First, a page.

Salty Milk Tea And Other Inner Mongolian Adventures| 6 min read

Travel Inner Mongolia

During Golden Week last month, over 30 Teach and Travel interns and a handful of ImmerQi staff headed North to experience the best that Inner Mongolia has to offer.

One of our intern managers Elena Sigacheva, herself a former Teach and Travel participant, shares the highs and lows of these eventful three days.

Prepare for stories of wild horses, camels, and some super weird beverage called salty milk tea.

Earlier this year, I spent a semester in Hohhot as a teaching intern, so I thought I understood what Inner Mongolia was all about. But still, it was exciting to go back after months away, and was a great chance to get away from Beijing that was going to be super-crowded over Golden Week.

We arrived in Hohhot early in the morning after an overnight train ride and found ourselves right in the middle of downtown. For most people, this was their first time seeing Inner Mongolia. Recalling my first impression of this place, I would say it does not strike you as particularly grand or picturesque like many Chinese cities do, but it does make you realize that you are somewhere very different from the rest of China. Indeed, it feels like travelling to a whole other country. The climate, people, food, that unique atmosphere of the city – everything is new and somewhat exotic so it was exciting to be there, even the second time round.

After our first Mongolian breakfast in a local restaurant (and a lot of attention received from the Mongolian people who apparently liked to start their holiday outings really early!) we set off for the grasslands which meant a rather lengthy bus journey. Here I must admit, the distances in Inner Mongolia often seem tremendous which can be exhausting and gives you a weird “in the middle of nowhere” feeling. So, after enjoying the views of the grasslands and local villages through the bus window, we arrived at what looked like an indigenous settlement with horses wandering around, Mongolian ladies and kids dressed in colourful clothing and clusters of cute painted huts.

Inside one of these huts, our big welcome lunch took place: a mixture of Mongolian delicacies and familiar Chinese dishes cooked, however, with a distinctive local touch. After the lunch and a short exploration of the village, it was time for horseback riding. This was arguably the most fun part of the afternoon, all of us feeling somewhat awkward in our saddles and failing miserably in trying to keep control over the horses, but still embracing the experience of becoming real Mongolian horsemen.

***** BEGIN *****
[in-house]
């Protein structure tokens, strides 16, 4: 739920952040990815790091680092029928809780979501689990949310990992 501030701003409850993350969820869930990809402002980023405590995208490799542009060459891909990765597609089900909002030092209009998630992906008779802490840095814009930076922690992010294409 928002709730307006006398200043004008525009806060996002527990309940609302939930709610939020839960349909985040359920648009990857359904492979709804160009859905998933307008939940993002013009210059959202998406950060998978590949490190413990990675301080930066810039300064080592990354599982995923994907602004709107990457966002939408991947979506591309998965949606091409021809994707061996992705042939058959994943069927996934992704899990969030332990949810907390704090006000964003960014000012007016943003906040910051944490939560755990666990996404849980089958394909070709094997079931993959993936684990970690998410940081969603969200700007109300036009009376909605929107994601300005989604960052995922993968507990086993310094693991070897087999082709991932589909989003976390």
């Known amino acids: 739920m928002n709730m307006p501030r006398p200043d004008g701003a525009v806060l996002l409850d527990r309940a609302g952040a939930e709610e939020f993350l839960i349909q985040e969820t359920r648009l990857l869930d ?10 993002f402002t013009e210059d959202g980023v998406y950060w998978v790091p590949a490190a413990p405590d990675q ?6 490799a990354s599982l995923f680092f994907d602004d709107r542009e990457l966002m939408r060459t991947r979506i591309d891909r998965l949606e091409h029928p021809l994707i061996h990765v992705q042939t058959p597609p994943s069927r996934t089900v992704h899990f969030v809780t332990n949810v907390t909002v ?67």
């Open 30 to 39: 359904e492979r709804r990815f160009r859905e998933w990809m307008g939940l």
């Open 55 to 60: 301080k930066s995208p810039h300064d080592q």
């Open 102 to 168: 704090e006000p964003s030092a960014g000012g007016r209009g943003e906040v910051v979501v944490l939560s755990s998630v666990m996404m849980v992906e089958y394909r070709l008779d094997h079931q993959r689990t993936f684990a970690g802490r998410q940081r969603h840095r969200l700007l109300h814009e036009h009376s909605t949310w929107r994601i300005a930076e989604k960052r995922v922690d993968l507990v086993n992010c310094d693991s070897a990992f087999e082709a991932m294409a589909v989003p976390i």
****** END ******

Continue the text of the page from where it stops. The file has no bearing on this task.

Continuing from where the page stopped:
A change of scenery came on the following day as we moved on to see the local desert, which, once, again, seemed far away when travelling by bus. Still, it was hard to believe that a real desert could be found someplace where… where you just don’t expect to find it. Indeed, the desert appeared before our eye, suddenly, with the steppe on one side from it and rocky hills on the other.

As for me, this was my first time being in an actual desert, so I was certainly overwhelmed by the vastness of the ocean of sand surrounding us. Besides contemplating the beauty of the desert, there were loads of activities and entertainment, all of them seemingly set up at random, making the whole experience feel like a trip to an extravagant theme park and creating somewhat of an atmosphere of celebration. And for sure, nothing beats the fun of riding camels through the sands of Inner Mongolia!

To conclude this eventful day, we paid a visit to a local factory in Hohhot, which could more accurately be described as a curious “family” of factories producing all kinds of stuff from milk candies to local fabrics to tapestries and weapons. The choice of awesome souvenirs to take home practically made me dizzy, and also, in a way, glad that I hadn’t brought more cash with me which would have left me with no options but the one of going broke. Anyway, I ended up getting a bag of salty Mongolian milk tea. And while “salty milk tea” probably does sound like a weird concept that makes you wonder how it came to be invented in the first place, it is actually one of the things I miss the most about Inner Mongolia; and for anyone who gets to come here, it is definitely worth a try!

On the following day, our legs exhausted from our grassland and desert adventures and our bags packed with souvenirs and peculiar local delicacies, we found ourselves approaching the end of our trip and once again stopping over in Hohhot – the capital and the most vibrant city of the province. Here our itinerary included the Inner Mongolia Museum and a beautiful Buddhist temple in the city. Needless to say, the visit to the temple was an amazing experience, and it was a delight to explore the old city, which I still knew little about, even after the five months spent in Hohhot.

By contrast, the Inner Mongolia Museum was the place I had visited numerous times before with my Chinese and Mongolian friends, and yet don’t think I could ever grow tired of it. Besides enjoying all the art and cultural relics gathered in one place, it is just a fantastic place to spend a couple of hours in the morning, to relax and get another chance to appreciate the unique culture and character of this remote part of the country. And lastly, the futuristic museum building alone is totally worth coming out here to have a look at it!

To sum up my experience of Inner Mongolia, I would just steal the words of one of my fellow travelers and say that I would recommend everyone to come here at least once for unique memories, and just to discover how different this mysterious land is from the rest of China. Finally, inspired by our Golden Week experiences and perhaps overdue, got a gorgeous travel book and set my mind on learning more about Inner Mongolia. Maybe I will go back one day

Rachel Yoon

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